When most folks hear the term "comfort food," their minds go straight to the American staples: steak and potatoes, burgers and fries, mac and cheese, fried chicken and biscuits, and so on. However, those staples never really gave me much comfort (except maybe the fried chicken and biscuits). Realistically, "comfort food" is whatever gives someone a sense of ease. The comfort food I prefer is still American food, but originated a little bit farther south, in Puerto Rico. Fortunately, I live right near a place that can throw down some good PR fare for a good price: La Olla Criolla.
Since 2017, La Olla Criolla has offered authentic Puerto Rican food at a decent price. When approaching from Culver, the restaurant's sign appears on the right like bright oasis. Just seeing the sign puts me at ease: "La Olla Criolla: Verdadero Sabor Puertoriqueño" ("The Creole Pot: True Puerto Rican Flavor"). They are not exaggerating; in its two years being open, there was never a time where I left feeling unsatisfied.
- PHOTO BY JACOB WALSH
- La Olla Criolla's medium plate with rice, beans, and pork.
La Olla Criolla is a cafeteria-style venue, so you choose a base (rice or rice with beans), main entree (meat or vegetable) and a side (more vegetable), and pay. You have the choice of a small ($7), medium ($11), or large meal ($12), and extras usually range from $1 to $2.
I always start with the rice with pigeon peas (a nutty, grain-like legume), but you have the choice to omit the peas (why, though?), or choose just plain white rice (seriously, why?). Main choices vary from week to week, but there always a few styles of chicken, fish, beef, and pork available, and a few vegetable options.
The fried chicken is very succulent, as is the roast chicken. My favorite style of chicken is the Chicken Guisado, which is cooked in a stew of tomato, garlic, and spices, resulting in meat sitting in a deliciously peppery oil. One time I ordered a fish entree that arrived as a giant steak on top of my rice. It was cooked in such a way that the outside of it was dry and looked like a woodcut sculpture of food, but that was just a thin layer that gave way to a juicy whitefish that was somehow both light and hearty at the same time. I devoured it like it was nothing, but I was definitely full.
A few days ago, I just wanted a little meal, so I got a small order of rice, topped with several thick spears of yucca cooked to perfection (not too soggy, not too crunchy) with spices and red peppers. The good people of La Olla Criolla are not shy with their portions, either. Whether I get the small or the medium box, they pack it so much that I have trouble re-closing the lid. That is the type of problem I enjoy having. This is a family restaurant, and they cook and serve like you're at home for dinner.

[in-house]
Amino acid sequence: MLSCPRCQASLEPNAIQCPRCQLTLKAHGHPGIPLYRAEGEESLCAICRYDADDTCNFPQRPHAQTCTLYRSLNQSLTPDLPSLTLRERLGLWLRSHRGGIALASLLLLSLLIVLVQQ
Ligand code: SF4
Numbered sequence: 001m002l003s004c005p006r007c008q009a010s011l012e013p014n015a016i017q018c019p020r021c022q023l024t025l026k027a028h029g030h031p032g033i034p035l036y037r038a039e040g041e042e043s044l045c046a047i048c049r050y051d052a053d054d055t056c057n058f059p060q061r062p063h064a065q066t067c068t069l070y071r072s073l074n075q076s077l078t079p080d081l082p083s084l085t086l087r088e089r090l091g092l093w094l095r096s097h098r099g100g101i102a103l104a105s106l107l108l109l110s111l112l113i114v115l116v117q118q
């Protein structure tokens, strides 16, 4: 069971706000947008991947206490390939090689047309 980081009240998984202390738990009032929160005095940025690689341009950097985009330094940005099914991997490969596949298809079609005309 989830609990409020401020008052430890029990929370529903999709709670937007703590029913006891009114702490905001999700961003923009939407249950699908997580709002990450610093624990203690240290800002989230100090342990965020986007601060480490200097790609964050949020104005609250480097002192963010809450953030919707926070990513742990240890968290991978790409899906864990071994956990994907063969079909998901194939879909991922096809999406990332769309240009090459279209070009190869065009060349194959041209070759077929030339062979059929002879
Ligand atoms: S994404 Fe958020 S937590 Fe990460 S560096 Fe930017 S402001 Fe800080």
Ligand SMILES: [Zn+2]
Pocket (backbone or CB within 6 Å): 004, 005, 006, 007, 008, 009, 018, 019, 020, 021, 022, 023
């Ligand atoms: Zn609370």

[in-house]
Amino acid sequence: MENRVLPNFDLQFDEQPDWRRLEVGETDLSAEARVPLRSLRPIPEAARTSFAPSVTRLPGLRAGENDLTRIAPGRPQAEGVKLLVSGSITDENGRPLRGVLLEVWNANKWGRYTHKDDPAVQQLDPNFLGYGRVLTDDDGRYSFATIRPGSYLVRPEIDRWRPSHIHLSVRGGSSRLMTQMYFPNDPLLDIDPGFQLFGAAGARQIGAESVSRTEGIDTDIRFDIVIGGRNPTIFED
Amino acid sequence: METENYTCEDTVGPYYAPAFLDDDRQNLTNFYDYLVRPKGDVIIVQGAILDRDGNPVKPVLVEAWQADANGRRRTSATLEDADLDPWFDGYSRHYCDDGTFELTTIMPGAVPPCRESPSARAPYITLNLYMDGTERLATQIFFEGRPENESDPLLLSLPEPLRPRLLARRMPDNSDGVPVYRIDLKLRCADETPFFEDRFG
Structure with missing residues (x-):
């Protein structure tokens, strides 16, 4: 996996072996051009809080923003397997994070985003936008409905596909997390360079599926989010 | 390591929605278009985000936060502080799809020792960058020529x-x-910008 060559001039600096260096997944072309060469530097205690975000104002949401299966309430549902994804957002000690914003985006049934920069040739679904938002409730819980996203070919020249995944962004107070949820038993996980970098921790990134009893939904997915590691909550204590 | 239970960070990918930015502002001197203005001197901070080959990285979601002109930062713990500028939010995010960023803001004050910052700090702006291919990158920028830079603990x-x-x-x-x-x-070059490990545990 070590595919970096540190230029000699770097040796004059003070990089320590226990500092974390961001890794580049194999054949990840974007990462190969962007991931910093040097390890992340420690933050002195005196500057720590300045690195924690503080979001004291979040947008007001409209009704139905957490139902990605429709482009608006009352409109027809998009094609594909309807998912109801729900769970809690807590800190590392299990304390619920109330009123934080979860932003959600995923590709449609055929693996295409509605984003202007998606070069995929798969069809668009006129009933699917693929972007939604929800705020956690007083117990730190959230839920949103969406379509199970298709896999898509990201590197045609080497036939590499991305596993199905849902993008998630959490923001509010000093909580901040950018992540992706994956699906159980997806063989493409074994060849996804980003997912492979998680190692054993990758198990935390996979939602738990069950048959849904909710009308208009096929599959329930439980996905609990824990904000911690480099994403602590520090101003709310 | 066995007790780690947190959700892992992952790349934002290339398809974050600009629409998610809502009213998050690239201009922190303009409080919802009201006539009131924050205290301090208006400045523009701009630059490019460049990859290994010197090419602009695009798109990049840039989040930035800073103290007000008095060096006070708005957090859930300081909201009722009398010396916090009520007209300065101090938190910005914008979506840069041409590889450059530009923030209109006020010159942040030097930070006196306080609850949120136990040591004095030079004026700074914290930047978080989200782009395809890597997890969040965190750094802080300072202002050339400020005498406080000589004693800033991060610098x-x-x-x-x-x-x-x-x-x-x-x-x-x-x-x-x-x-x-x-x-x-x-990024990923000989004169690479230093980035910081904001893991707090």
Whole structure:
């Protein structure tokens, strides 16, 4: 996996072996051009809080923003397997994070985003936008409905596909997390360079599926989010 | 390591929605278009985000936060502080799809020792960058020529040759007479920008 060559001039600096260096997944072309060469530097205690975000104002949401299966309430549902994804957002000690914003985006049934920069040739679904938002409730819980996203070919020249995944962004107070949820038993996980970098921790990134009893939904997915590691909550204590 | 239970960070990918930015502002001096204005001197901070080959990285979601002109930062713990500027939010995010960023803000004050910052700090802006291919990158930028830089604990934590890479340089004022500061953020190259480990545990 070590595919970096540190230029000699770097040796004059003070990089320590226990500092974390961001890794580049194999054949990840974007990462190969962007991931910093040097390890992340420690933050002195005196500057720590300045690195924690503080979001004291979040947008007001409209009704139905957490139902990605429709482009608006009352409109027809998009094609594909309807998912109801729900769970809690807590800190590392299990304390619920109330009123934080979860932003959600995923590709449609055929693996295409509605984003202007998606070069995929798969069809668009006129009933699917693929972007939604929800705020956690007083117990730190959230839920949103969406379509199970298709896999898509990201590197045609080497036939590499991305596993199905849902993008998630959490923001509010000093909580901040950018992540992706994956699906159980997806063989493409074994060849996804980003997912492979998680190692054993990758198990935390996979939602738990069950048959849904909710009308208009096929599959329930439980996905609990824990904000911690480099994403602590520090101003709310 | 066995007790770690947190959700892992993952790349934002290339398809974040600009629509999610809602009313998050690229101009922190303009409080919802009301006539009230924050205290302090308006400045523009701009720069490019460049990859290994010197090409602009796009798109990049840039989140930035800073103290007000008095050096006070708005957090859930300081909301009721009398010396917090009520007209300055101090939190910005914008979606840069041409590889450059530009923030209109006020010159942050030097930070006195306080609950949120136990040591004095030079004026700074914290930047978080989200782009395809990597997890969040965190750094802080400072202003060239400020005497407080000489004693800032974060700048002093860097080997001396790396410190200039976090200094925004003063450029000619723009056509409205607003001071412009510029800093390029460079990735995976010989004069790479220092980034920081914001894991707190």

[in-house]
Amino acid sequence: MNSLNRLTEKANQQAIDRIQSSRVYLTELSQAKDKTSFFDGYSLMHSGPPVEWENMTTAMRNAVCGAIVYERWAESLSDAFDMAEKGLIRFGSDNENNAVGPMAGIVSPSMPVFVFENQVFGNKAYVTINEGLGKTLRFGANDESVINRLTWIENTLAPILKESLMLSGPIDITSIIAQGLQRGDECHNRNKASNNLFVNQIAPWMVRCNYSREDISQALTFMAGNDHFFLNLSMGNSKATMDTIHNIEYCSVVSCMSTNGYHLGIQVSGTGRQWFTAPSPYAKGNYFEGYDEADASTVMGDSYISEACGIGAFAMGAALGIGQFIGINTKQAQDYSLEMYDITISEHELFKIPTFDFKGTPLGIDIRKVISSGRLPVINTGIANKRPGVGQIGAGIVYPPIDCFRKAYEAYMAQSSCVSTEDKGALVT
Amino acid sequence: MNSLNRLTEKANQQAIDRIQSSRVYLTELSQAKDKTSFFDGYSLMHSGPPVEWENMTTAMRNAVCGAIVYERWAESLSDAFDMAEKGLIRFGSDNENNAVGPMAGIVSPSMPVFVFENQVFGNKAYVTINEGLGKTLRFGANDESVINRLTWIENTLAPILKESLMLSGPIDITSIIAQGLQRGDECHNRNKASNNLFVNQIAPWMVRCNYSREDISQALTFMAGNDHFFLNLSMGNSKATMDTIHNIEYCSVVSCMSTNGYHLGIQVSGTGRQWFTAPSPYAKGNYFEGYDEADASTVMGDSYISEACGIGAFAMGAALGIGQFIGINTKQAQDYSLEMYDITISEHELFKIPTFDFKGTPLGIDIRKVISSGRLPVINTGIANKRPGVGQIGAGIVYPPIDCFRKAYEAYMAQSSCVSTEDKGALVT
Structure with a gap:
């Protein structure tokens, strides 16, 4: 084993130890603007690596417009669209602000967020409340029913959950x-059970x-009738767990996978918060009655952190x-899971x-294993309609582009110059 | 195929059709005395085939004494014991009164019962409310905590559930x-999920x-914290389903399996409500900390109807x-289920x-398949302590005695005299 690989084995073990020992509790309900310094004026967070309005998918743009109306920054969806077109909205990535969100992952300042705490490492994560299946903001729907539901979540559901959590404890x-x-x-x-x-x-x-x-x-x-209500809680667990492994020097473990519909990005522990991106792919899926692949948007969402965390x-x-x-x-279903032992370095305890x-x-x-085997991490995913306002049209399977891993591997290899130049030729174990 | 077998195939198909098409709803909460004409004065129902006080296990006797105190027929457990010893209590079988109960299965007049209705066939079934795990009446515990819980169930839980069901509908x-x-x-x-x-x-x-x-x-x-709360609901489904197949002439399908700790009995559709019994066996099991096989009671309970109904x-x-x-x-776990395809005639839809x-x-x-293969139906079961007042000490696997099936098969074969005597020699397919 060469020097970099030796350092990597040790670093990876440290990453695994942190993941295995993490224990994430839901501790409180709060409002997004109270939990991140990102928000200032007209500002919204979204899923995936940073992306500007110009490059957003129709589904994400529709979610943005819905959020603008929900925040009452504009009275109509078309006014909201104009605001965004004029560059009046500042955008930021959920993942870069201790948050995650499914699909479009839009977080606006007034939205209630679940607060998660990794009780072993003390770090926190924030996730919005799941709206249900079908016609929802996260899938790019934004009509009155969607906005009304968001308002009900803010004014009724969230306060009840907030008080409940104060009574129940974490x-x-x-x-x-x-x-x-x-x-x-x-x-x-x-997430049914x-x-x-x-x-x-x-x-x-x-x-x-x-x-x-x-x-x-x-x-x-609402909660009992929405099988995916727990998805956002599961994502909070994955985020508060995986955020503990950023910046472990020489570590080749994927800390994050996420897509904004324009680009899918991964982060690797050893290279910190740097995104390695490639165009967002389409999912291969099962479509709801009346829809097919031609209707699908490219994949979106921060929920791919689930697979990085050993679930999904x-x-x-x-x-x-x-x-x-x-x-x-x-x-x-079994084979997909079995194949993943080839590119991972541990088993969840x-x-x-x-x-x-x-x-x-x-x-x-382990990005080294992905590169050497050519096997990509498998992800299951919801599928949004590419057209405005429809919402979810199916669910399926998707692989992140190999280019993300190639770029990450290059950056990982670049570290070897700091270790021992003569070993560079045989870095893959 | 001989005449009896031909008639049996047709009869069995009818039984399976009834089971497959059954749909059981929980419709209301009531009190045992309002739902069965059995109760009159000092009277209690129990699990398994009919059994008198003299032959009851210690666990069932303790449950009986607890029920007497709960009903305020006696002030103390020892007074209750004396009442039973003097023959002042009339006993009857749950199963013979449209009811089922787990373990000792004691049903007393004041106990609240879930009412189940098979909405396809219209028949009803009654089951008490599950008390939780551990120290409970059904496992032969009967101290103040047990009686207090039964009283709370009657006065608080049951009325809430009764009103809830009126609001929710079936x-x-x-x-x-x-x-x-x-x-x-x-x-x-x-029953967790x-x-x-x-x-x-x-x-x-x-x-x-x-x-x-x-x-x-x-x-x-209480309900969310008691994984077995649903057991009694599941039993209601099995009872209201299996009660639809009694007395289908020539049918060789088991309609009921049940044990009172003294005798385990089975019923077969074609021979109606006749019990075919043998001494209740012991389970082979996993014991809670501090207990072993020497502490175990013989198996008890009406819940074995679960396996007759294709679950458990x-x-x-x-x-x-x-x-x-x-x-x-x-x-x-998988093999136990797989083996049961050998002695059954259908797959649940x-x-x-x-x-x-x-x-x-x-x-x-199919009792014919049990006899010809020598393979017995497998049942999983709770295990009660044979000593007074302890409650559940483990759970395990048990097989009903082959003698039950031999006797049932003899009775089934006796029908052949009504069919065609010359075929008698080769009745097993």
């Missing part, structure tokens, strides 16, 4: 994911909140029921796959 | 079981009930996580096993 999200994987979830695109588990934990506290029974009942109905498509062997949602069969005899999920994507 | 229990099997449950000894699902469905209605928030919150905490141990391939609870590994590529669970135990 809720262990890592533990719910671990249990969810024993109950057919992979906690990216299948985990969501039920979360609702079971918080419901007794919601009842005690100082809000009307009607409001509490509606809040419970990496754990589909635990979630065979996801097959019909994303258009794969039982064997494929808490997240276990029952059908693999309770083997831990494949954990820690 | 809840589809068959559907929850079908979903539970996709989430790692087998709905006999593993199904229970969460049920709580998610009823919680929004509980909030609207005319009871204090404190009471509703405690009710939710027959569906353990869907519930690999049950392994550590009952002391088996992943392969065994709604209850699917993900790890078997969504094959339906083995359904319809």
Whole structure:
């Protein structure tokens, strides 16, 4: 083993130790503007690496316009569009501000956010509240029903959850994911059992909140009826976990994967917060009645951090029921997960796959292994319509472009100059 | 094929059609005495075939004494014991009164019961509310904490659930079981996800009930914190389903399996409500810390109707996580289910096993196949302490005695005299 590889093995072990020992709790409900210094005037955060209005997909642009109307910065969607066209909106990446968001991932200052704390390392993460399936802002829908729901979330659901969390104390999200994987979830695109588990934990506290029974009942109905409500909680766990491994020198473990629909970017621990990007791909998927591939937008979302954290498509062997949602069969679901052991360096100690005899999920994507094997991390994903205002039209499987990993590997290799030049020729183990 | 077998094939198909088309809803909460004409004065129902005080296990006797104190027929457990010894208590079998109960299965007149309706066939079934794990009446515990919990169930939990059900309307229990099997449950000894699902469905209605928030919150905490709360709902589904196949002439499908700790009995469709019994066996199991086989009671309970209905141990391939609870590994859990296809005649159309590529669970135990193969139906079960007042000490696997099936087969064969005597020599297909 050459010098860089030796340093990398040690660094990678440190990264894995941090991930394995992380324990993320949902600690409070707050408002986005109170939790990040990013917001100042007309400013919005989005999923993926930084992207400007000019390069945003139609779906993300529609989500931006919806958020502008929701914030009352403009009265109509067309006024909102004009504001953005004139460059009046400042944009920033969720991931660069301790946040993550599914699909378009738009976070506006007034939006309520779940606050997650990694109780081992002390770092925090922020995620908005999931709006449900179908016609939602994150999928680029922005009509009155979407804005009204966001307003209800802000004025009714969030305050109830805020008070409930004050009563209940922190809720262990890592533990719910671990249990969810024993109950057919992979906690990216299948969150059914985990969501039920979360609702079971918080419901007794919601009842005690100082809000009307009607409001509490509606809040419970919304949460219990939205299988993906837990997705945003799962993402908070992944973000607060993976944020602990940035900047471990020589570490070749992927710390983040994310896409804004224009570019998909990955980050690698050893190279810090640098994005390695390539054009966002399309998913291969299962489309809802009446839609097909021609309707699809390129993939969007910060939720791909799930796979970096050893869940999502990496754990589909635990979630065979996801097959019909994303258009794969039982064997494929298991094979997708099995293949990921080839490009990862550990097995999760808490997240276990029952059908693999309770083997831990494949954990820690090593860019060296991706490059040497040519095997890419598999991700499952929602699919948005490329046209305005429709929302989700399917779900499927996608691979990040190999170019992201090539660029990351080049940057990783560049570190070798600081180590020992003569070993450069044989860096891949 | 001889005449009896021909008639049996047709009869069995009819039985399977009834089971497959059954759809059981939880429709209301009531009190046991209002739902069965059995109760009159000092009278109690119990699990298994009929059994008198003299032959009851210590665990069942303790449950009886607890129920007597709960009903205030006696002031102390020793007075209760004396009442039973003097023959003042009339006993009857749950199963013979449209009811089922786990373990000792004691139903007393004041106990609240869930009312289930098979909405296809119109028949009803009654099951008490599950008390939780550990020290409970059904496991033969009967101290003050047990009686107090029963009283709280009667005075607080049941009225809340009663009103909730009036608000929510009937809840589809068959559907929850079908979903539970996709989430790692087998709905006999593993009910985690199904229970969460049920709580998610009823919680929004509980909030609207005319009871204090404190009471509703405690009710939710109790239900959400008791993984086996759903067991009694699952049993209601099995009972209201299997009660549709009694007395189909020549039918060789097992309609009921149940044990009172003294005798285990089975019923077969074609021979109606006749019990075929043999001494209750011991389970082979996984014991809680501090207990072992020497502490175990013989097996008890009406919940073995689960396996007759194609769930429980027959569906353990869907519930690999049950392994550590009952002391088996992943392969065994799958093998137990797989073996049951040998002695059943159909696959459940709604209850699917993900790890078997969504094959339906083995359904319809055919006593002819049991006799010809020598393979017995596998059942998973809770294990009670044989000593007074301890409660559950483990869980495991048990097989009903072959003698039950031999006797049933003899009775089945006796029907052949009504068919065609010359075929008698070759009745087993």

- PHOTO BY JACOB WALSH
- Owner Javier Gonzalez opened La Olla Criolla in what used to be a neighborhood bar, and did much of the renovating himself.
I always feel welcome at La Olla Criolla. The space is large, and the seating is mostly booths and large tables. I didn't even feel intimidated by the fact that I've heard nary a syllable of English from the customers or the employees each time I went there, though I did feel a little bit guilty that my Spanish is rusty...actually calling it "rusty" is generous. I know way less Spanish than anyone of Panamanian descent should, because I just HAD to try out German in high school.
My scholastic decisions aside, one of the best signs that Caribbean food is going to be good is when expatriates from said region are enthusiastically waiting to order, speaking to each other in their most comfortable tongue. This is the case at La Olla Criolla, where the parking lot is often packed, and the order line snakes through the restaurant. Though the place is spacious, it would be hard to accommodate everyone if they planned to dine in. But I would happily stand for my meal, because just the aroma of the food is worth it.
The fruition of La Olla Criolla was a saga for owner Javier Gonzalez. Originally from the Rochester area, he moved to Puerto Rico at age 16 to live with extended family and help with his uncle's transportation business. He moved back to the Rochester area in 2010, sold cars for a bit and then managed operations at a restaurant before opening his first restaurant, also called La Olla Criolla, on Hayward Avenue near Public Market.
- PHOTO BY JACOB WALSH
- Outside La Olla Criolla at 1584 East Main.
After saving for a few more years, Gonzalez relocated to the East Main Street location and made extensive renovations to what used to be a neighborhood bar. It took him a few months to renovate, doing a lot of the work himself, including the custom-made glass and posts for the food counters' sneeze guards, and installation of the bars that house and display the food. Gonzalez and his family get to work every day at 4 a.m. to start cooking, and the quality of their effort shines with every bite.
Gonzalez says that his goal is to eventually have a few additional locations in the area and in some of the suburbs of Rochester, and perhaps a place where customers can also sit and have a drink a little bit stronger than the fresh juices and Coco Rico that La Olla currently offers. I would support his efforts. The outer areas of the city should have Puerto Rican comfort food as close to them as La Olla Criolla is to me.